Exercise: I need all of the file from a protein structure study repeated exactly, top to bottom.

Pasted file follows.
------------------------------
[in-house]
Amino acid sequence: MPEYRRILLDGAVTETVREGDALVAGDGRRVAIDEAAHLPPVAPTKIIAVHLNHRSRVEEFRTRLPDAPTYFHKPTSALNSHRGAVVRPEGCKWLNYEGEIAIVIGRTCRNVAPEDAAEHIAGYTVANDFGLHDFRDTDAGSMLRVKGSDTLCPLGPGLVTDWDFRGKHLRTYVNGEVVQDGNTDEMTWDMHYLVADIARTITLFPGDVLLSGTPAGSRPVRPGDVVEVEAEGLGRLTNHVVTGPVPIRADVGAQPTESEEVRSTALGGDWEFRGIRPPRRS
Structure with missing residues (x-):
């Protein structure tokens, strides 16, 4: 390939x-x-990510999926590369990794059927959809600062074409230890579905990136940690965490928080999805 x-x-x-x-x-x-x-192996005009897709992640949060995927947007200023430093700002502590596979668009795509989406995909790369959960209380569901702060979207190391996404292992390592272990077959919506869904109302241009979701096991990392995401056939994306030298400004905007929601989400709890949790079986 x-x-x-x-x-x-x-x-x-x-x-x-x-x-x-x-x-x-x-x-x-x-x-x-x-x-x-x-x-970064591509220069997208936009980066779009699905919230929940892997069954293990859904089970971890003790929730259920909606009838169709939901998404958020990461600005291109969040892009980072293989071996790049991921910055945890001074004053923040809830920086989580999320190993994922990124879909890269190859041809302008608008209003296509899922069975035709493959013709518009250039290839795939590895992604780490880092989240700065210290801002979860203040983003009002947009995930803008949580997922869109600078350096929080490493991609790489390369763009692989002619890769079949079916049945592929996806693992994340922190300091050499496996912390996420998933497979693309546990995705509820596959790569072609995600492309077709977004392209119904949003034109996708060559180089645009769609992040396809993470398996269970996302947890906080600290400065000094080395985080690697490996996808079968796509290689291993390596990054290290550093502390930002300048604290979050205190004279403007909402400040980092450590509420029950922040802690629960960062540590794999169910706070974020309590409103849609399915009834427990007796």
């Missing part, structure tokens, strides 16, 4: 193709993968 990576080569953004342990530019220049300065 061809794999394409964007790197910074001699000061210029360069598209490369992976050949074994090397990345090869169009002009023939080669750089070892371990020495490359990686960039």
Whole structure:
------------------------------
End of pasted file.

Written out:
[in-house]
Amino acid sequence: MPEYRRILLDGAVTETVREGDALVAGDGRRVAIDEAAHLPPVAPTKIIAVHLNHRSRVEEFRTRLPDAPTYFHKPTSALNSHRGAVVRPEGCKWLNYEGEIAIVIGRTCRNVAPEDAAEHIAGYTVANDFGLHDFRDTDAGSMLRVKGSDTLCPLGPGLVTDWDFRGKHLRTYVNGEVVQDGNTDEMTWDMHYLVADIARTITLFPGDVLLSGTPAGSRPVRPGDVVEVEAEGLGRLTNHVVTGPVPIRADVGAQPTESEEVRSTALGGDWEFRGIRPPRRS
Structure with missing residues (x-):
């Protein structure tokens, strides 16, 4: 390939x-x-990510999926590369990794059927959809600062074409230890579905990136940690965490928080999805 x-x-x-x-x-x-x-192996005009897709992640949060995927947007200023430093700002502590596979668009795509989406995909790369959960209380569901702060979207190391996404292992390592272990077959919506869904109302241009979701096991990392995401056939994306030298400004905007929601989400709890949790079986 x-x-x-x-x-x-x-x-x-x-x-x-x-x-x-x-x-x-x-x-x-x-x-x-x-x-x-x-x-970064591509220069997208936009980066779009699905919230929940892997069954293990859904089970971890003790929730259920909606009838169709939901998404958020990461600005291109969040892009980072293989071996790049991921910055945890001074004053923040809830920086989580999320190993994922990124879909890269190859041809302008608008209003296509899922069975035709493959013709518009250039290839795939590895992604780490880092989240700065210290801002979860203040983003009002947009995930803008949580997922869109600078350096929080490493991609790489390369763009692989002619890769079949079916049945592929996806693992994340922190300091050499496996912390996420998933497979693309546990995705509820596959790569072609995600492309077709977004392209119904949003034109996708060559180089645009769609992040396809993470398996269970996302947890906080600290400065000094080395985080690697490996996808079968796509290689291993390596990054290290550093502390930002300048604290979050205190004279403007909402400040980092450590509420029950922040802690629960960062540590794999169910706070974020309590409103849609399915009834427990007796």
């Missing part, structure tokens, strides 16, 4: 193709993968 990576080569953004342990530019220049300065 061809794999394409964007790197910074001699000061210029360069598209490369992976050949074994090397990345090869169009002009023939080669750089070892371990020495490359990686960039």
Whole structure: